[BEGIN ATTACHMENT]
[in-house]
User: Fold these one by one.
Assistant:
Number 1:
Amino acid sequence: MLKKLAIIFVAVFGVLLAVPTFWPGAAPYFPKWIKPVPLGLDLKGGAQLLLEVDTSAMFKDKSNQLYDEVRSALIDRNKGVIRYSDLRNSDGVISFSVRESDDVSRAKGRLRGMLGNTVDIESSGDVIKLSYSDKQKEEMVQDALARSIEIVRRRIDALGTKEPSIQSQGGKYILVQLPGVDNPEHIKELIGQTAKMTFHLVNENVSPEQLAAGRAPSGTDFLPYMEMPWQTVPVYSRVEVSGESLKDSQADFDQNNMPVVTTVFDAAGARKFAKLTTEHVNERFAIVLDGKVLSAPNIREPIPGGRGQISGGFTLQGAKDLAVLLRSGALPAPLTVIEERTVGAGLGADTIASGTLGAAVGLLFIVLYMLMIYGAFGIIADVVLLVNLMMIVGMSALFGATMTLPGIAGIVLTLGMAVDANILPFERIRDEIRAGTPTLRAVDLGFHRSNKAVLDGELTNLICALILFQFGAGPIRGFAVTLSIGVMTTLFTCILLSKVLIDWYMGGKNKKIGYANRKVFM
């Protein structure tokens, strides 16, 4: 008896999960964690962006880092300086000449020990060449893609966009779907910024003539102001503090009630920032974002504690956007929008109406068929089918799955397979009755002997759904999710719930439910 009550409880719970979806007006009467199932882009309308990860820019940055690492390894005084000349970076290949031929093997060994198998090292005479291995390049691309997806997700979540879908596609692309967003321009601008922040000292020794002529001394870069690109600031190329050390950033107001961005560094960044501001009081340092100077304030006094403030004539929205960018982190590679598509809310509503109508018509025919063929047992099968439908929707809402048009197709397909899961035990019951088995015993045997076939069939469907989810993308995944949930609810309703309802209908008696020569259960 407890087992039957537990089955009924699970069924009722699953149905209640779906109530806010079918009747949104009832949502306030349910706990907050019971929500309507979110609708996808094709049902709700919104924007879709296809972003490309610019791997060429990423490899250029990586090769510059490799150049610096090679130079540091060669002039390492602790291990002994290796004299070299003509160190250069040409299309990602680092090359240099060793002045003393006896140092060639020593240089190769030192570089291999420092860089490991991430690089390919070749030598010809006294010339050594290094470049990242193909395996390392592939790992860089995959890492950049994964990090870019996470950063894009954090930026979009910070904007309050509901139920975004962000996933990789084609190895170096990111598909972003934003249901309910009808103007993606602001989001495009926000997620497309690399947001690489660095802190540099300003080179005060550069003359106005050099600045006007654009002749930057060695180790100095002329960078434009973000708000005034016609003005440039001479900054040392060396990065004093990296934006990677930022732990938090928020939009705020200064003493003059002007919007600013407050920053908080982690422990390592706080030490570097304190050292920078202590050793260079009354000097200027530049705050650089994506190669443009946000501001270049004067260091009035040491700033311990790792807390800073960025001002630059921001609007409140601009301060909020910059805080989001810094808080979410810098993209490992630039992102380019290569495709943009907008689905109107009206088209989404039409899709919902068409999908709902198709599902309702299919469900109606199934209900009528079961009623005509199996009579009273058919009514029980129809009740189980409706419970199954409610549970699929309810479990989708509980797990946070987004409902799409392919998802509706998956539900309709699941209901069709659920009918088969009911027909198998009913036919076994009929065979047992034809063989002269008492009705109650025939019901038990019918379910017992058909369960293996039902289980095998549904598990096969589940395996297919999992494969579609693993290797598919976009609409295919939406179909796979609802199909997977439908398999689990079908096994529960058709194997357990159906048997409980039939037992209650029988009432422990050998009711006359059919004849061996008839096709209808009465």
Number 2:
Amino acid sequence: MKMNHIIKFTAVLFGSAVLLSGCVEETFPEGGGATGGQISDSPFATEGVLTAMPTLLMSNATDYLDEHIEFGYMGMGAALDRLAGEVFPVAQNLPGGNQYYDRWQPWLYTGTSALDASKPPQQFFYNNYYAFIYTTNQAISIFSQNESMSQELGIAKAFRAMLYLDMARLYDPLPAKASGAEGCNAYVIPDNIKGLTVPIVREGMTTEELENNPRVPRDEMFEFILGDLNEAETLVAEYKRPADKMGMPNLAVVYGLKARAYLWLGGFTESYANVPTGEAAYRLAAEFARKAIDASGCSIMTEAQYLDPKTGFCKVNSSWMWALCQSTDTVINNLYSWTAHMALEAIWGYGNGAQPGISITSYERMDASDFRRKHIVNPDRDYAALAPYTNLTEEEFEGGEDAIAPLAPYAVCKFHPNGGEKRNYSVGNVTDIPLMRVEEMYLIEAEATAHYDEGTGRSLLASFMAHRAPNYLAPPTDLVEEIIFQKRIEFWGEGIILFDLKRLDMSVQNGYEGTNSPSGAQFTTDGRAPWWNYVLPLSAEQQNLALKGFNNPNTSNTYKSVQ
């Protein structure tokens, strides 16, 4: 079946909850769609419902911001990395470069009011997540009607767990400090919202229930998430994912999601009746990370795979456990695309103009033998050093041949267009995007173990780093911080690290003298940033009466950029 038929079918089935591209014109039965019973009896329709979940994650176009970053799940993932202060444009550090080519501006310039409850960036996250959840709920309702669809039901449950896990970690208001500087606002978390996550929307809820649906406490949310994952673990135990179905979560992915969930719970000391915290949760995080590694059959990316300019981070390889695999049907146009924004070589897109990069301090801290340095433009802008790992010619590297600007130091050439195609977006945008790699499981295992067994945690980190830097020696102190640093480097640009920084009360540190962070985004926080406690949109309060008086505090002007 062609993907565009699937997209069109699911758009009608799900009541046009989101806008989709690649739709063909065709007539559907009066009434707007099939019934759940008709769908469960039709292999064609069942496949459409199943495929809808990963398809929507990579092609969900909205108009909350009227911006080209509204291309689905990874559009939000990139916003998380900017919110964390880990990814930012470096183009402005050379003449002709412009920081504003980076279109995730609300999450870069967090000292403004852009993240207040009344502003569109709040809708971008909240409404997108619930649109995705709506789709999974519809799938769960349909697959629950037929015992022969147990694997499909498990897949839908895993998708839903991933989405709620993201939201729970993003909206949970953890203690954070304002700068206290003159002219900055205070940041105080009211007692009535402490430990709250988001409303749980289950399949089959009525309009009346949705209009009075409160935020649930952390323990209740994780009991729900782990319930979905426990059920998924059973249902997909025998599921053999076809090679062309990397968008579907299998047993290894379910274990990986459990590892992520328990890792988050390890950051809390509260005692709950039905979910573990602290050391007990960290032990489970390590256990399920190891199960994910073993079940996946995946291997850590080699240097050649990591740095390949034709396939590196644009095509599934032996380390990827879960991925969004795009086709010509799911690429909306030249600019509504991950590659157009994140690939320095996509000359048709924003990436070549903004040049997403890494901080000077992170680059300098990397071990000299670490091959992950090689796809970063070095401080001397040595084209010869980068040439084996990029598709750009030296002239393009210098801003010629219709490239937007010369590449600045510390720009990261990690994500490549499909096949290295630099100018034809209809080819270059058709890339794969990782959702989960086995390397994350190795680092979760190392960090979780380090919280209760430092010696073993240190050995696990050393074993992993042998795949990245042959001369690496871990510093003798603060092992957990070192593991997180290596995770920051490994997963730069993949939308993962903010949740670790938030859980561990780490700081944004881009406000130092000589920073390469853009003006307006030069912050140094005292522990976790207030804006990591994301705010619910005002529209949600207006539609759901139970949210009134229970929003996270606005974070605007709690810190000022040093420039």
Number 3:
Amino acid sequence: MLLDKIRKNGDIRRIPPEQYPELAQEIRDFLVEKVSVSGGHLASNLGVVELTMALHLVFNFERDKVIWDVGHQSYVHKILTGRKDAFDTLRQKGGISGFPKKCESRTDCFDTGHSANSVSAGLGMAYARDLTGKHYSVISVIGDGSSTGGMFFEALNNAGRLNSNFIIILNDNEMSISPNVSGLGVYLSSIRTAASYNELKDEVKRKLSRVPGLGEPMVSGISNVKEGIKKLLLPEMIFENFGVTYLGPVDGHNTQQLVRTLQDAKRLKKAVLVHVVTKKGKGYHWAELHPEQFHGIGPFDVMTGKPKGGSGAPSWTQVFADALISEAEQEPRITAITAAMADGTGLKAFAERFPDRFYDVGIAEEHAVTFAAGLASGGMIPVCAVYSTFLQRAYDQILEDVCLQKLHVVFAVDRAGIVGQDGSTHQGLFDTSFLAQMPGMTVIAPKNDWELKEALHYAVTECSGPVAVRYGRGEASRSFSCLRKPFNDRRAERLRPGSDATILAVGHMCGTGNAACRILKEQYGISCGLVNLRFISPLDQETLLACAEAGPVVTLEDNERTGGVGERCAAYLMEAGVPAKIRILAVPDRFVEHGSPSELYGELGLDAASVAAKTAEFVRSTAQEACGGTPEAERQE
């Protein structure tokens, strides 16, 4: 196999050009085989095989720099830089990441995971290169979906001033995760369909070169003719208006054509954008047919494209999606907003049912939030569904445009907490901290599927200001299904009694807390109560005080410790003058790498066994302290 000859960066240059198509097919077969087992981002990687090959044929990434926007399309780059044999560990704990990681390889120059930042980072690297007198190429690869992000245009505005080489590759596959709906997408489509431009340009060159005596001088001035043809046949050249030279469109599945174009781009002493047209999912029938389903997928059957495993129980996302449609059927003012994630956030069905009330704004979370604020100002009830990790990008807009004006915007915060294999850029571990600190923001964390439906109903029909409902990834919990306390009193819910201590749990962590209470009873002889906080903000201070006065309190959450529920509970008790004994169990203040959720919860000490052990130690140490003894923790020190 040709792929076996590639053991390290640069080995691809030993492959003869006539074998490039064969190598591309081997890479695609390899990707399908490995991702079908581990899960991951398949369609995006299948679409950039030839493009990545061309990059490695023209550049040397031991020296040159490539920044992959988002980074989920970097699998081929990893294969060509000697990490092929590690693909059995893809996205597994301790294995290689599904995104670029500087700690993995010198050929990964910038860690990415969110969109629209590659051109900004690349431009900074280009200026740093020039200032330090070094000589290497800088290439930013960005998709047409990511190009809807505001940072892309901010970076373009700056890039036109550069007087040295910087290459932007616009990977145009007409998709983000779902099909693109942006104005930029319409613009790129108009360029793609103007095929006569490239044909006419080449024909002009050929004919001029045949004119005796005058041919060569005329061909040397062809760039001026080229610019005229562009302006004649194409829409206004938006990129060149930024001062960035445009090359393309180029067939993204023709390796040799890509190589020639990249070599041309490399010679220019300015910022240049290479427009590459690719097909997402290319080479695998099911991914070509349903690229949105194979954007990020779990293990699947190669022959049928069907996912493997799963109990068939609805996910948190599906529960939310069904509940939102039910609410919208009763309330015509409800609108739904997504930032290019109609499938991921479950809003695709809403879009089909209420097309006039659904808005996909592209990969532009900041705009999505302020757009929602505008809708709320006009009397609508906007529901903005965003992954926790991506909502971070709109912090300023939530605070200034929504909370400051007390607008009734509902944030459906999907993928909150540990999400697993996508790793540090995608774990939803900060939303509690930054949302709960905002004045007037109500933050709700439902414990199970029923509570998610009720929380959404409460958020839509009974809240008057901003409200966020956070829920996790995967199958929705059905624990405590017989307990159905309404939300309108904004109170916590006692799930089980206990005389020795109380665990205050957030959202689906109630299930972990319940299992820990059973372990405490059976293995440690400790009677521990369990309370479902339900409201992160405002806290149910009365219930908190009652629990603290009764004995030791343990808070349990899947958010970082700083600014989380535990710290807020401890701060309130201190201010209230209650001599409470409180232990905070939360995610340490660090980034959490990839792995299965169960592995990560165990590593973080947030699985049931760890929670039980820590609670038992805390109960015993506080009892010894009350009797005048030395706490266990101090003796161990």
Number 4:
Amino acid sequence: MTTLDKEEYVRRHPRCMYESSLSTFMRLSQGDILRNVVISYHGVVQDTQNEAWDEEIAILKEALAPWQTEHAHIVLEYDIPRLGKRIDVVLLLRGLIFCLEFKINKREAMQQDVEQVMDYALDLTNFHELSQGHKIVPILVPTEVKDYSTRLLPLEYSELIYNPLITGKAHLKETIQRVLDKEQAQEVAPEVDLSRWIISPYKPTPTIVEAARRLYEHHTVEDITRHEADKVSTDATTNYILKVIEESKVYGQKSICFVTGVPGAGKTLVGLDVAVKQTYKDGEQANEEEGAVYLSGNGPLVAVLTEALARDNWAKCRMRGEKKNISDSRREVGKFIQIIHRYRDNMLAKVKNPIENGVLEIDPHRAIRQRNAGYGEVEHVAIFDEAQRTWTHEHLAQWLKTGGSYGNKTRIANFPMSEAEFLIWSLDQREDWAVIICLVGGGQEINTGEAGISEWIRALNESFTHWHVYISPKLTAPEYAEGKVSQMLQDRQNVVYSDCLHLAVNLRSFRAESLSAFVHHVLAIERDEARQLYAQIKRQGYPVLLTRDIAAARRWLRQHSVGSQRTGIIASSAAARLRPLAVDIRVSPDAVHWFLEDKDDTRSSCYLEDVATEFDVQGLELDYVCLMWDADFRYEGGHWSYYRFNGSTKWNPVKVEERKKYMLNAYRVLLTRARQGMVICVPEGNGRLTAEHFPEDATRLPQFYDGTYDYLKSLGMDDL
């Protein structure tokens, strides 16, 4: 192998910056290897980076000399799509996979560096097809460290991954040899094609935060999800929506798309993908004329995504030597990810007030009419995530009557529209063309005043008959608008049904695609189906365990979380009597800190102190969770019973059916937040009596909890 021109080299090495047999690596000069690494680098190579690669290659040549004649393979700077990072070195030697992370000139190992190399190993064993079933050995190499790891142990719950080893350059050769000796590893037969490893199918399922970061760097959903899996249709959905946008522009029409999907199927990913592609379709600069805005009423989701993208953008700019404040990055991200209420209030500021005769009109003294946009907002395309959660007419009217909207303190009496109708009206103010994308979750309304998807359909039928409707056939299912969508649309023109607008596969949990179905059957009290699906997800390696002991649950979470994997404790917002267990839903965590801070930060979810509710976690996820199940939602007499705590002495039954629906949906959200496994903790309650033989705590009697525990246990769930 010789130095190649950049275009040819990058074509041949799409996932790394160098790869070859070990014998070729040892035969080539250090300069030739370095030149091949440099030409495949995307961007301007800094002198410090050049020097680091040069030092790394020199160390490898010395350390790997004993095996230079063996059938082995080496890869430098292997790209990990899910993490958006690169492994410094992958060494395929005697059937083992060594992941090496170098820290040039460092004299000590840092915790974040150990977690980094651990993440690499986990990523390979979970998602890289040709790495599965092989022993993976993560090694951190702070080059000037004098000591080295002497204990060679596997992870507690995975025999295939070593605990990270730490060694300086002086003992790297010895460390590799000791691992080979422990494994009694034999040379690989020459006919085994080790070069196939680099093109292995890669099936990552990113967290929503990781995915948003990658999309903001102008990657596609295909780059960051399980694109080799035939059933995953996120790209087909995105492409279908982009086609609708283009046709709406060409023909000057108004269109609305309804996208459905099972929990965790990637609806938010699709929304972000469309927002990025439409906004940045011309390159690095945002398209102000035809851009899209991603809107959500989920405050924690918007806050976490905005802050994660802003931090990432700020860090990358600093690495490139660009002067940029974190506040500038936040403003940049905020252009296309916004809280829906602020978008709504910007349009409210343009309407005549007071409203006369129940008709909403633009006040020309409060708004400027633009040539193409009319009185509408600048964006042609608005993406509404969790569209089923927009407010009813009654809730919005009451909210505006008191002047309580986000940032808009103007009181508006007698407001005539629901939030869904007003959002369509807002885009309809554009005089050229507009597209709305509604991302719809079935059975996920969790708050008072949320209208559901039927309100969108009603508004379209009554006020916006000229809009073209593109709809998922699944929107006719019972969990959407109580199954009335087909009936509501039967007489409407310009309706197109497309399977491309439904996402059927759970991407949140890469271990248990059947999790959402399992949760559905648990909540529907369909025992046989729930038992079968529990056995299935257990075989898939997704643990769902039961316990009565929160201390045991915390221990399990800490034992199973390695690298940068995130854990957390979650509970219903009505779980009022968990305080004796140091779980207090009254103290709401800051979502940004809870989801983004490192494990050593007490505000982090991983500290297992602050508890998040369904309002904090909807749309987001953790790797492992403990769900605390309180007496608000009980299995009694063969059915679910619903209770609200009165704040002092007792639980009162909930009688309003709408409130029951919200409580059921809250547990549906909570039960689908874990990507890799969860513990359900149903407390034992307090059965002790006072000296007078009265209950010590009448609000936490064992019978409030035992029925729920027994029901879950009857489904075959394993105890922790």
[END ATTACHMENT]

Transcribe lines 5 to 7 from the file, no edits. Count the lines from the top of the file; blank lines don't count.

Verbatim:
Amino acid sequence: MLKKLAIIFVAVFGVLLAVPTFWPGAAPYFPKWIKPVPLGLDLKGGAQLLLEVDTSAMFKDKSNQLYDEVRSALIDRNKGVIRYSDLRNSDGVISFSVRESDDVSRAKGRLRGMLGNTVDIESSGDVIKLSYSDKQKEEMVQDALARSIEIVRRRIDALGTKEPSIQSQGGKYILVQLPGVDNPEHIKELIGQTAKMTFHLVNENVSPEQLAAGRAPSGTDFLPYMEMPWQTVPVYSRVEVSGESLKDSQADFDQNNMPVVTTVFDAAGARKFAKLTTEHVNERFAIVLDGKVLSAPNIREPIPGGRGQISGGFTLQGAKDLAVLLRSGALPAPLTVIEERTVGAGLGADTIASGTLGAAVGLLFIVLYMLMIYGAFGIIADVVLLVNLMMIVGMSALFGATMTLPGIAGIVLTLGMAVDANILPFERIRDEIRAGTPTLRAVDLGFHRSNKAVLDGELTNLICALILFQFGAGPIRGFAVTLSIGVMTTLFTCILLSKVLIDWYMGGKNKKIGYANRKVFM
């Protein structure tokens, strides 16, 4: 008896999960964690962006880092300086000449020990060449893609966009779907910024003539102001503090009630920032974002504690956007929008109406068929089918799955397979009755002997759904999710719930439910 009550409880719970979806007006009467199932882009309308990860820019940055690492390894005084000349970076290949031929093997060994198998090292005479291995390049691309997806997700979540879908596609692309967003321009601008922040000292020794002529001394870069690109600031190329050390950033107001961005560094960044501001009081340092100077304030006094403030004539929205960018982190590679598509809310509503109508018509025919063929047992099968439908929707809402048009197709397909899961035990019951088995015993045997076939069939469907989810993308995944949930609810309703309802209908008696020569259960 407890087992039957537990089955009924699970069924009722699953149905209640779906109530806010079918009747949104009832949502306030349910706990907050019971929500309507979110609708996808094709049902709700919104924007879709296809972003490309610019791997060429990423490899250029990586090769510059490799150049610096090679130079540091060669002039390492602790291990002994290796004299070299003509160190250069040409299309990602680092090359240099060793002045003393006896140092060639020593240089190769030192570089291999420092860089490991991430690089390919070749030598010809006294010339050594290094470049990242193909395996390392592939790992860089995959890492950049994964990090870019996470950063894009954090930026979009910070904007309050509901139920975004962000996933990789084609190895170096990111598909972003934003249901309910009808103007993606602001989001495009926000997620497309690399947001690489660095802190540099300003080179005060550069003359106005050099600045006007654009002749930057060695180790100095002329960078434009973000708000005034016609003005440039001479900054040392060396990065004093990296934006990677930022732990938090928020939009705020200064003493003059002007919007600013407050920053908080982690422990390592706080030490570097304190050292920078202590050793260079009354000097200027530049705050650089994506190669443009946000501001270049004067260091009035040491700033311990790792807390800073960025001002630059921001609007409140601009301060909020910059805080989001810094808080979410810098993209490992630039992102380019290569495709943009907008689905109107009206088209989404039409899709919902068409999908709902198709599902309702299919469900109606199934209900009528079961009623005509199996009579009273058919009514029980129809009740189980409706419970199954409610549970699929309810479990989708509980797990946070987004409902799409392919998802509706998956539900309709699941209901069709659920009918088969009911027909198998009913036919076994009929065979047992034809063989002269008492009705109650025939019901038990019918379910017992058909369960293996039902289980095998549904598990096969589940395996297919999992494969579609693993290797598919976009609409295919939406179909796979609802199909997977439908398999689990079908096994529960058709194997357990159906048997409980039939037992209650029988009432422990050998009711006359059919004849061996008839096709209808009465």
Number 2: